A DIY shunt regulator is probably the way so you can make it adjustable.

The published application notes describe how to add power transistors to a TL431, it gives a sharper knee than basing it on a Zener diode.
 

#12

Joined Nov 30, 2010
18,190
The TL431 is a brilliant simplification for many op-amp and comparator circuits, but the LT4365 is even better for this application.
 

Thread Starter

1CM69

Joined Jun 12, 2017
56
....
The over-voltage point is where the voltage at the OV (OverVoltage) pin exceeds 500mV nominal so you pick R1 and R2 for a resistive divider that generates 500mV at the OV point you want.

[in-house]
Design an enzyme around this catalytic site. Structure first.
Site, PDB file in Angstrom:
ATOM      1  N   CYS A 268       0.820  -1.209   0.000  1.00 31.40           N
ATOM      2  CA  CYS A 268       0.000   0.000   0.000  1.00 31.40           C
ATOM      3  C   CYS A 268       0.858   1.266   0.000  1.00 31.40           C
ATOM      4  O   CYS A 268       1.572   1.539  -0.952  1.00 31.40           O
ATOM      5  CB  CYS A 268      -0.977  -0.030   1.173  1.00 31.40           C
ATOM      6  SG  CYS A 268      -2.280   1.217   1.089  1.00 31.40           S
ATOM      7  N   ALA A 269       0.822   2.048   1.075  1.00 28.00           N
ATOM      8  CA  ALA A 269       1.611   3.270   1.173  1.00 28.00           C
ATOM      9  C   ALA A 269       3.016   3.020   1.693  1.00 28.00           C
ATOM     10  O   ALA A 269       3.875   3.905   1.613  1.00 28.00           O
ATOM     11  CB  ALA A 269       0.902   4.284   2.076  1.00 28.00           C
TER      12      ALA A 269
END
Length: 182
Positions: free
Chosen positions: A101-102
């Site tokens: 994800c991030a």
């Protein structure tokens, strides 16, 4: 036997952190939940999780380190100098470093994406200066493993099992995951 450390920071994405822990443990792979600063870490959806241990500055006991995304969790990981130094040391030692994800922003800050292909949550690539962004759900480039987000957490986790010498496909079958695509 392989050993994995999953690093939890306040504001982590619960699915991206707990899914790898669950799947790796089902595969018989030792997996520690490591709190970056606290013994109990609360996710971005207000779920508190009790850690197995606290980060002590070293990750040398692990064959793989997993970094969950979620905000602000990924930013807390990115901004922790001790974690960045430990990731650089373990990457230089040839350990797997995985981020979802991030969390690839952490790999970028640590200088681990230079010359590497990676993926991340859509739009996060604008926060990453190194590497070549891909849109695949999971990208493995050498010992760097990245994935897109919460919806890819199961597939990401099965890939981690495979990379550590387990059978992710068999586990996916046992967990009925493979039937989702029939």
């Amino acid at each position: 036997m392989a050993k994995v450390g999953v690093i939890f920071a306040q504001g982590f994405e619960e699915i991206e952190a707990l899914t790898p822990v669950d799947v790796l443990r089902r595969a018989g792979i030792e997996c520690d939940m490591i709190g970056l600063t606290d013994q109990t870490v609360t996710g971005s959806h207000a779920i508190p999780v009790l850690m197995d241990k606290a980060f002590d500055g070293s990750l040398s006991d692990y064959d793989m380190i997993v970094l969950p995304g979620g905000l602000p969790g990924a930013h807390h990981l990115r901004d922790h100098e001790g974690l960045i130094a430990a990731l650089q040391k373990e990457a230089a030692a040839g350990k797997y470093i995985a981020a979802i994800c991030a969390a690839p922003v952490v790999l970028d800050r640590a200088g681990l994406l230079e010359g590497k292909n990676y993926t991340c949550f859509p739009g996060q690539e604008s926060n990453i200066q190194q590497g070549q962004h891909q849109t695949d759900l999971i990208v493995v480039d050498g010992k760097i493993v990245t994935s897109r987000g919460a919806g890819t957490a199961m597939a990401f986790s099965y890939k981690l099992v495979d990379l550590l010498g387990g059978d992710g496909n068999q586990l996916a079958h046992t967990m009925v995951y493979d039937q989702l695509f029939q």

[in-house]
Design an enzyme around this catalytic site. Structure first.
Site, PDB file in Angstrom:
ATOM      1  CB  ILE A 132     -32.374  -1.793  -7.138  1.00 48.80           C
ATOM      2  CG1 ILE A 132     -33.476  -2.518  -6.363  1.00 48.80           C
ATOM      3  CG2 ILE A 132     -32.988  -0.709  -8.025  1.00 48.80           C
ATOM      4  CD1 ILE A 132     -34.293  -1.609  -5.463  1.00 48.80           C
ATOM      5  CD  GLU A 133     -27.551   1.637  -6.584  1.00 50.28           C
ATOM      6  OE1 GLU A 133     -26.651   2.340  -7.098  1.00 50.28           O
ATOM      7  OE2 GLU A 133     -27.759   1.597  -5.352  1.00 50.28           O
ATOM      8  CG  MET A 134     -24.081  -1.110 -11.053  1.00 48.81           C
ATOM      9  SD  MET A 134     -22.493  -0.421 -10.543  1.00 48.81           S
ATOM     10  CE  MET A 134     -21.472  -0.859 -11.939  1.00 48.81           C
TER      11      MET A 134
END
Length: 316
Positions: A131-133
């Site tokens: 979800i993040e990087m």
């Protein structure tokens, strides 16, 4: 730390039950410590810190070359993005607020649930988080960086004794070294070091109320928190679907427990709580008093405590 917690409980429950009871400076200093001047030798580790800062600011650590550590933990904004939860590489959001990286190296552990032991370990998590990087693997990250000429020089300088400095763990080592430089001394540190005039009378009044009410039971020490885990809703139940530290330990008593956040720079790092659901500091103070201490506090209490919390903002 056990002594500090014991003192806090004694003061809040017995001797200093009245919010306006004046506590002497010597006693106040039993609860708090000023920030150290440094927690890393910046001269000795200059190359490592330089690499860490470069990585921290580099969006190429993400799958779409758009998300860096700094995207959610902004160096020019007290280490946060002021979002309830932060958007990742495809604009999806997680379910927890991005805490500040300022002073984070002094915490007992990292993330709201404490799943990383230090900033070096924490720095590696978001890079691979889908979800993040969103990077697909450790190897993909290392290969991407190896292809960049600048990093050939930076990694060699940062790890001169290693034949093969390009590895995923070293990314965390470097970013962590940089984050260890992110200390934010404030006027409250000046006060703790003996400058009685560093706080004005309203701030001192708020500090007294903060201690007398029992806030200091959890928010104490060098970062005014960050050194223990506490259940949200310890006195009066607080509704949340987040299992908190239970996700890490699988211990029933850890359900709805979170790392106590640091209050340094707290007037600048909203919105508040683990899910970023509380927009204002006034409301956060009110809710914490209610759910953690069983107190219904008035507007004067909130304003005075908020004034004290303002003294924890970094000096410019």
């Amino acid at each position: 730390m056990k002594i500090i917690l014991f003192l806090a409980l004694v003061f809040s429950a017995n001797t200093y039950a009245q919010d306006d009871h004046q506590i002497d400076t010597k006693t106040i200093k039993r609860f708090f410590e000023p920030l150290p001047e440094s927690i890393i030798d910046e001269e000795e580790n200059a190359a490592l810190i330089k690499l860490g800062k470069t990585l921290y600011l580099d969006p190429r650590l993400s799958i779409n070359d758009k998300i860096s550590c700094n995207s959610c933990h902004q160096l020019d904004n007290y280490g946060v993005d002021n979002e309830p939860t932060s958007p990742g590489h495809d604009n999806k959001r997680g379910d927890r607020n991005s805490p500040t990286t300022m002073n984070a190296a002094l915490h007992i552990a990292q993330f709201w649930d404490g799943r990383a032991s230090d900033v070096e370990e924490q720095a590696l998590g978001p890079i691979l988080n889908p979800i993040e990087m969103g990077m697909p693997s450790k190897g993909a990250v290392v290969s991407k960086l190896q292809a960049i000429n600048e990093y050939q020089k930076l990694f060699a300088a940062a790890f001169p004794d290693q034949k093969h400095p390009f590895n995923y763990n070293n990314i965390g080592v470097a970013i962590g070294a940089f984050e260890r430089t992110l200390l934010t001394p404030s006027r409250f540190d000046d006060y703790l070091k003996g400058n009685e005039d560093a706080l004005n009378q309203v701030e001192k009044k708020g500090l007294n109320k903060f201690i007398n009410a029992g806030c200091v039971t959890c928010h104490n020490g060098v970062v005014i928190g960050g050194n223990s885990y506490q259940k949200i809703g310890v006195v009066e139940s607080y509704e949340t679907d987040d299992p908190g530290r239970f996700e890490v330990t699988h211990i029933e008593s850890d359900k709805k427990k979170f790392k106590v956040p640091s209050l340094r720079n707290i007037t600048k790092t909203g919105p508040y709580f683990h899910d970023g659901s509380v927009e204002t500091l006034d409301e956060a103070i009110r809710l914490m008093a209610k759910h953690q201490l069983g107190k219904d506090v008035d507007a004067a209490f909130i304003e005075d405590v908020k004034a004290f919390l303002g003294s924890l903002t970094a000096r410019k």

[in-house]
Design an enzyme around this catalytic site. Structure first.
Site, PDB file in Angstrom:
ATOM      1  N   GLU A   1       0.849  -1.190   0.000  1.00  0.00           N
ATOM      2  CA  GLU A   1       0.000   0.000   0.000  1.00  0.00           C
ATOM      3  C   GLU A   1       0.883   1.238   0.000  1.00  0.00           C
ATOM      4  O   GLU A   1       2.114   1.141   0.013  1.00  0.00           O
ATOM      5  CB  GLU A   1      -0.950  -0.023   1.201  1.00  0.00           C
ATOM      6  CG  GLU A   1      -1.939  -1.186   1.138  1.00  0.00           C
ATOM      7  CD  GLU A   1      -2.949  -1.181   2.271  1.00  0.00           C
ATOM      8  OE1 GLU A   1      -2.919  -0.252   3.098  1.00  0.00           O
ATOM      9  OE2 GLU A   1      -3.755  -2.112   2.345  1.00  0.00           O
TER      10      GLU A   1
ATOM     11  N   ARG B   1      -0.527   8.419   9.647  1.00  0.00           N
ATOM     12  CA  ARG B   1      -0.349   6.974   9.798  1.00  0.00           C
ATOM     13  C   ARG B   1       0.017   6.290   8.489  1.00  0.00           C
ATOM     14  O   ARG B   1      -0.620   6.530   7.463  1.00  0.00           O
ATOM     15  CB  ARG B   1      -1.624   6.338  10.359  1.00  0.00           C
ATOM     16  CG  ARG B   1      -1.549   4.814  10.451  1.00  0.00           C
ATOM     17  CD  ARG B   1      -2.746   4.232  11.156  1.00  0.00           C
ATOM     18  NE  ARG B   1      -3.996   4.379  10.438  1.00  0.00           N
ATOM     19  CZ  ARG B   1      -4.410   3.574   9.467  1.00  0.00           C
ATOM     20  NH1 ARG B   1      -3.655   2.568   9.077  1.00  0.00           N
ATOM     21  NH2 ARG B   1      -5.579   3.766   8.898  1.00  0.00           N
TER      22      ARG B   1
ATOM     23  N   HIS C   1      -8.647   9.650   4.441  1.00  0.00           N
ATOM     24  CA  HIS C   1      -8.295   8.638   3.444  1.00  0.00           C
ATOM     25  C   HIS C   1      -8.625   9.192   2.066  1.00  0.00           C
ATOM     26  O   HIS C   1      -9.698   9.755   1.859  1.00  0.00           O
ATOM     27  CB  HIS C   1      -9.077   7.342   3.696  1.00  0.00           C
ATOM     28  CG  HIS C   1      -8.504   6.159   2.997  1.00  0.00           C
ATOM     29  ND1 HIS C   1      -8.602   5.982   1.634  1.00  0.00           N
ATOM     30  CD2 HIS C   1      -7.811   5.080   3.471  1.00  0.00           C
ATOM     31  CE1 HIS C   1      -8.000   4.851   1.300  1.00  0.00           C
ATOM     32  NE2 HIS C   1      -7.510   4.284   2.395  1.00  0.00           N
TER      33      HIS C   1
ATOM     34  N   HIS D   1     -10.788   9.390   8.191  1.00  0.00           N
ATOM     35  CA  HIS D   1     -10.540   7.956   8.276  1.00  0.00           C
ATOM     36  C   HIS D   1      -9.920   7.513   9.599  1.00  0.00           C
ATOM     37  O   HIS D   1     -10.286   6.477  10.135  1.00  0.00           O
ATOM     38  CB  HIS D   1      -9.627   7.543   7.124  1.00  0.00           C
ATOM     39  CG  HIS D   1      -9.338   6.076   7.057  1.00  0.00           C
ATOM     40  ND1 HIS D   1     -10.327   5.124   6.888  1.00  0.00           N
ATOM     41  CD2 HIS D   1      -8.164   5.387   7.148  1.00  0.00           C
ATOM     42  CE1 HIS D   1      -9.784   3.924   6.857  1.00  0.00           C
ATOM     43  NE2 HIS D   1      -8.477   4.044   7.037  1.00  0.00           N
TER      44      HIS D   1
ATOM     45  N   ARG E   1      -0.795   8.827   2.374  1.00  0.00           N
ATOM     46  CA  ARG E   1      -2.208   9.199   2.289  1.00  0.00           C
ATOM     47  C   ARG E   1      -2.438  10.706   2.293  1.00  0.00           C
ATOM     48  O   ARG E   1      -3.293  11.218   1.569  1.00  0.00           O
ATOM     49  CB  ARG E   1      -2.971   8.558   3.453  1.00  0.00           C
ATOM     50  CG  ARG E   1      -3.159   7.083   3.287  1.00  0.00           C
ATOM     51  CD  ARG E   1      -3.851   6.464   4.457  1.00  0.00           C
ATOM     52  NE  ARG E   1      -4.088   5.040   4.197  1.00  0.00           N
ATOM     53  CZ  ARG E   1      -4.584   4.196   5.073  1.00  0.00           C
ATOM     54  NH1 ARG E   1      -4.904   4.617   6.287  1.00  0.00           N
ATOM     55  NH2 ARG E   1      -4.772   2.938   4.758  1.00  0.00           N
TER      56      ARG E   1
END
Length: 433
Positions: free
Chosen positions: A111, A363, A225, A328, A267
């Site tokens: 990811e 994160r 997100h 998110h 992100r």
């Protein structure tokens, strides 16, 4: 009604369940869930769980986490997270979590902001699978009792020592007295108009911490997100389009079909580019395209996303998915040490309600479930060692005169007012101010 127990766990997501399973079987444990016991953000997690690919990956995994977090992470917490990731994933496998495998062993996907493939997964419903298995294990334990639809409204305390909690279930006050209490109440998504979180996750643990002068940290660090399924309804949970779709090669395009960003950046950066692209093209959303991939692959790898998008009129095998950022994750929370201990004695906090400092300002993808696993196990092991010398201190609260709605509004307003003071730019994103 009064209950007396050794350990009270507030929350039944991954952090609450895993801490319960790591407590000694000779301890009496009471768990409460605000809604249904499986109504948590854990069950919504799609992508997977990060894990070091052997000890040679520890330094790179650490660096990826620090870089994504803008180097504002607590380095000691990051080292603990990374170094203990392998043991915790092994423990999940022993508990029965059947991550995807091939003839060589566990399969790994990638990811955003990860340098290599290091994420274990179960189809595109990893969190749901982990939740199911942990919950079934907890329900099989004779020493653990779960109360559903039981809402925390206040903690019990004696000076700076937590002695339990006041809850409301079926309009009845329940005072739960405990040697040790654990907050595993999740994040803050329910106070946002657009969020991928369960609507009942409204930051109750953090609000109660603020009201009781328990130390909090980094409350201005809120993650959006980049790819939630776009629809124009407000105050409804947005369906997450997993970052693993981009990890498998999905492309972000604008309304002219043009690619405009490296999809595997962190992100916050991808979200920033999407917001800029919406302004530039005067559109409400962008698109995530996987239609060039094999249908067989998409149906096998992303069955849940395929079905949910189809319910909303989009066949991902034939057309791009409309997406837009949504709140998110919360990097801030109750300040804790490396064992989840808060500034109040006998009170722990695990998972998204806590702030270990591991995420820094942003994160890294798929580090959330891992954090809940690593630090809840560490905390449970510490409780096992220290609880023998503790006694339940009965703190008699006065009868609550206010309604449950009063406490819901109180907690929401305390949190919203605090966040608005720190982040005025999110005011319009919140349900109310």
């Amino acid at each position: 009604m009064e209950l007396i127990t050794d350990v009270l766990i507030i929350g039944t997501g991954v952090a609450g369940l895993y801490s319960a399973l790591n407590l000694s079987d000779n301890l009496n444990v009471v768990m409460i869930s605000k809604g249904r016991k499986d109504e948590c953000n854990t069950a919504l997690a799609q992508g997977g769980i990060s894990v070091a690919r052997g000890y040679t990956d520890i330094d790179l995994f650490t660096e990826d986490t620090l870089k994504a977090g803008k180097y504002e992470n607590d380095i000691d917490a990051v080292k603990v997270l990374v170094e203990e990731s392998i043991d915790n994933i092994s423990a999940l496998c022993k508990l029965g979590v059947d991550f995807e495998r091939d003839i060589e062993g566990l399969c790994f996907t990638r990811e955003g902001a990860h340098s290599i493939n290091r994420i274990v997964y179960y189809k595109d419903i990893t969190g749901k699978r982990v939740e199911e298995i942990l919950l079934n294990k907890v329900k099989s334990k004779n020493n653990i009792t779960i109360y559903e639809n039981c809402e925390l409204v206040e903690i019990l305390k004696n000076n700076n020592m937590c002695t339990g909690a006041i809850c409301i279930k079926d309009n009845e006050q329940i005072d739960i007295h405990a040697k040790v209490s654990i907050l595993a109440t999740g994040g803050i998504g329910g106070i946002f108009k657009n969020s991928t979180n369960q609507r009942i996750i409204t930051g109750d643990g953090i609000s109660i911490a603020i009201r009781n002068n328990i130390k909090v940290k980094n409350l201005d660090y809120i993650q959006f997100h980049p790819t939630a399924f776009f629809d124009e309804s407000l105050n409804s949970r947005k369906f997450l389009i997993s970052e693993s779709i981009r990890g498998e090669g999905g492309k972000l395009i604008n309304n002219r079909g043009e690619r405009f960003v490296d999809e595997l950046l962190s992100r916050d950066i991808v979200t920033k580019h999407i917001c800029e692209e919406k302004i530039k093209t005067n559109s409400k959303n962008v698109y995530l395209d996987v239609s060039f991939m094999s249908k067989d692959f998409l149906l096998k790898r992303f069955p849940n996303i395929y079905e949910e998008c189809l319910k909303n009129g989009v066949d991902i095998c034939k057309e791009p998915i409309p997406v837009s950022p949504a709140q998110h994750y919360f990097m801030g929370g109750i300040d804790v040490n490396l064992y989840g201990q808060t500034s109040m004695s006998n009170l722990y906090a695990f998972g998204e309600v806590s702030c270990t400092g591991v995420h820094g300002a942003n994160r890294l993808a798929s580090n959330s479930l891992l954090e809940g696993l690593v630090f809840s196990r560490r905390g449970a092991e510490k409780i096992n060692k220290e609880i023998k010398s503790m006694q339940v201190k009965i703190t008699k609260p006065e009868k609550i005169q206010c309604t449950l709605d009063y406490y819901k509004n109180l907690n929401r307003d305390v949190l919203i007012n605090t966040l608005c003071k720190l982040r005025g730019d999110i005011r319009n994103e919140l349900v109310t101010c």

For 14V you could use 10kΩ (arbitrary value) for R1, giving a value of 270kΩ for R2....
OK, is it possible to show the formula used to acheive this result? Thanks
 

Thread Starter

1CM69

Joined Jun 12, 2017
56
OK, if I've got understand this correctly and my maths stands up I've come up with this.

For a 13.8v supply to cut off 14.3v (Vin + 500mV) I could use 9.53Kohm + 267Kohm resistors as the voltage divider.

Is this correct?

Now I need to figure out how to calculate the R6 value & the C-out value in fig13 of the LTC4365 datasheet for my particular setup.

Thank in advance
 
Last edited:

crutschow

Joined Mar 14, 2008
24,360
OK, if I've got understand this correctly and my maths stands up I've come up with this.

For a 13.8v supply to cut off 14.3v (Vin + 500mV) I could use 9.53Kohm + 267Kohm resistors as the voltage divider.

Is this correct?
No quite.
My calculations give a cut off of 14.5V.